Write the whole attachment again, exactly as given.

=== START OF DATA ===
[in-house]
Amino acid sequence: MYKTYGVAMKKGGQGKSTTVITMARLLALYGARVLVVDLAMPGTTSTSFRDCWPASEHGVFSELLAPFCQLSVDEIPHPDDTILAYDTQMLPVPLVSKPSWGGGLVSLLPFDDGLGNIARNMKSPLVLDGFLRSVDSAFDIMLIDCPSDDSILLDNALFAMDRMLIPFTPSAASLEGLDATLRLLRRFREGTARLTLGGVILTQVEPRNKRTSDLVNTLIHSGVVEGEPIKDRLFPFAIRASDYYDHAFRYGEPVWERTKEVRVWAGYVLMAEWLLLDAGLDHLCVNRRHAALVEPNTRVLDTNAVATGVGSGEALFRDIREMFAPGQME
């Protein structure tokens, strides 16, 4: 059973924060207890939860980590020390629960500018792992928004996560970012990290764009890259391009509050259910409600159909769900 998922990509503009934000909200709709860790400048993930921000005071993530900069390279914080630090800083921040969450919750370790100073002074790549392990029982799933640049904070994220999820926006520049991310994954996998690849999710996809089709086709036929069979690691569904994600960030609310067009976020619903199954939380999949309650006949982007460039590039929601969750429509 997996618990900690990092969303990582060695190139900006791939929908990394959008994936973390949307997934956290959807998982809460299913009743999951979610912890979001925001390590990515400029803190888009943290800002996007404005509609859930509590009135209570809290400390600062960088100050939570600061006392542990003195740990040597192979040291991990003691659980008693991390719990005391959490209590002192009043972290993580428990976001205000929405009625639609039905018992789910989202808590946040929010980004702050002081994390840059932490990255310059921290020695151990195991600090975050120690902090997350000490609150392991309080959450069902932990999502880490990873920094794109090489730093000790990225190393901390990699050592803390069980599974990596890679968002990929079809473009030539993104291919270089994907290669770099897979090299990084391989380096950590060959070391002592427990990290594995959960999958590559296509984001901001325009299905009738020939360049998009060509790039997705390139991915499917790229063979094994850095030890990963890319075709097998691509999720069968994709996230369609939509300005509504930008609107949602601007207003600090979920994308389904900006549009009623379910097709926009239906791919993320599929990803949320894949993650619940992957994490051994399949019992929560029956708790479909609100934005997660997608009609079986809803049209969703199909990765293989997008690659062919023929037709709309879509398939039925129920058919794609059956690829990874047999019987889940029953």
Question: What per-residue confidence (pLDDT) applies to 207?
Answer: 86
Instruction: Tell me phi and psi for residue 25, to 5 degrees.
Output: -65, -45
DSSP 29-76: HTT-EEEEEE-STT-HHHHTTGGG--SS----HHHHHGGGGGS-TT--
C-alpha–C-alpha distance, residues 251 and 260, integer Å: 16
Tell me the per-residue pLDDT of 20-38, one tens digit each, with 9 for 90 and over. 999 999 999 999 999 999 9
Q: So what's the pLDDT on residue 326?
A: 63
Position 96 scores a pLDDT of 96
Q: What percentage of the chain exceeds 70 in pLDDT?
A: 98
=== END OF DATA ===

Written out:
[in-house]
Amino acid sequence: MYKTYGVAMKKGGQGKSTTVITMARLLALYGARVLVVDLAMPGTTSTSFRDCWPASEHGVFSELLAPFCQLSVDEIPHPDDTILAYDTQMLPVPLVSKPSWGGGLVSLLPFDDGLGNIARNMKSPLVLDGFLRSVDSAFDIMLIDCPSDDSILLDNALFAMDRMLIPFTPSAASLEGLDATLRLLRRFREGTARLTLGGVILTQVEPRNKRTSDLVNTLIHSGVVEGEPIKDRLFPFAIRASDYYDHAFRYGEPVWERTKEVRVWAGYVLMAEWLLLDAGLDHLCVNRRHAALVEPNTRVLDTNAVATGVGSGEALFRDIREMFAPGQME
């Protein structure tokens, strides 16, 4: 059973924060207890939860980590020390629960500018792992928004996560970012990290764009890259391009509050259910409600159909769900 998922990509503009934000909200709709860790400048993930921000005071993530900069390279914080630090800083921040969450919750370790100073002074790549392990029982799933640049904070994220999820926006520049991310994954996998690849999710996809089709086709036929069979690691569904994600960030609310067009976020619903199954939380999949309650006949982007460039590039929601969750429509 997996618990900690990092969303990582060695190139900006791939929908990394959008994936973390949307997934956290959807998982809460299913009743999951979610912890979001925001390590990515400029803190888009943290800002996007404005509609859930509590009135209570809290400390600062960088100050939570600061006392542990003195740990040597192979040291991990003691659980008693991390719990005391959490209590002192009043972290993580428990976001205000929405009625639609039905018992789910989202808590946040929010980004702050002081994390840059932490990255310059921290020695151990195991600090975050120690902090997350000490609150392991309080959450069902932990999502880490990873920094794109090489730093000790990225190393901390990699050592803390069980599974990596890679968002990929079809473009030539993104291919270089994907290669770099897979090299990084391989380096950590060959070391002592427990990290594995959960999958590559296509984001901001325009299905009738020939360049998009060509790039997705390139991915499917790229063979094994850095030890990963890319075709097998691509999720069968994709996230369609939509300005509504930008609107949602601007207003600090979920994308389904900006549009009623379910097709926009239906791919993320599929990803949320894949993650619940992957994490051994399949019992929560029956708790479909609100934005997660997608009609079986809803049209969703199909990765293989997008690659062919023929037709709309879509398939039925129920058919794609059956690829990874047999019987889940029953």
Question: What per-residue confidence (pLDDT) applies to 207?
Answer: 86
Instruction: Tell me phi and psi for residue 25, to 5 degrees.
Output: -65, -45
DSSP 29-76: HTT-EEEEEE-STT-HHHHTTGGG--SS----HHHHHGGGGGS-TT--
C-alpha–C-alpha distance, residues 251 and 260, integer Å: 16
Tell me the per-residue pLDDT of 20-38, one tens digit each, with 9 for 90 and over. 999 999 999 999 999 999 9
Q: So what's the pLDDT on residue 326?
A: 63
Position 96 scores a pLDDT of 96
Q: What percentage of the chain exceeds 70 in pLDDT?
A: 98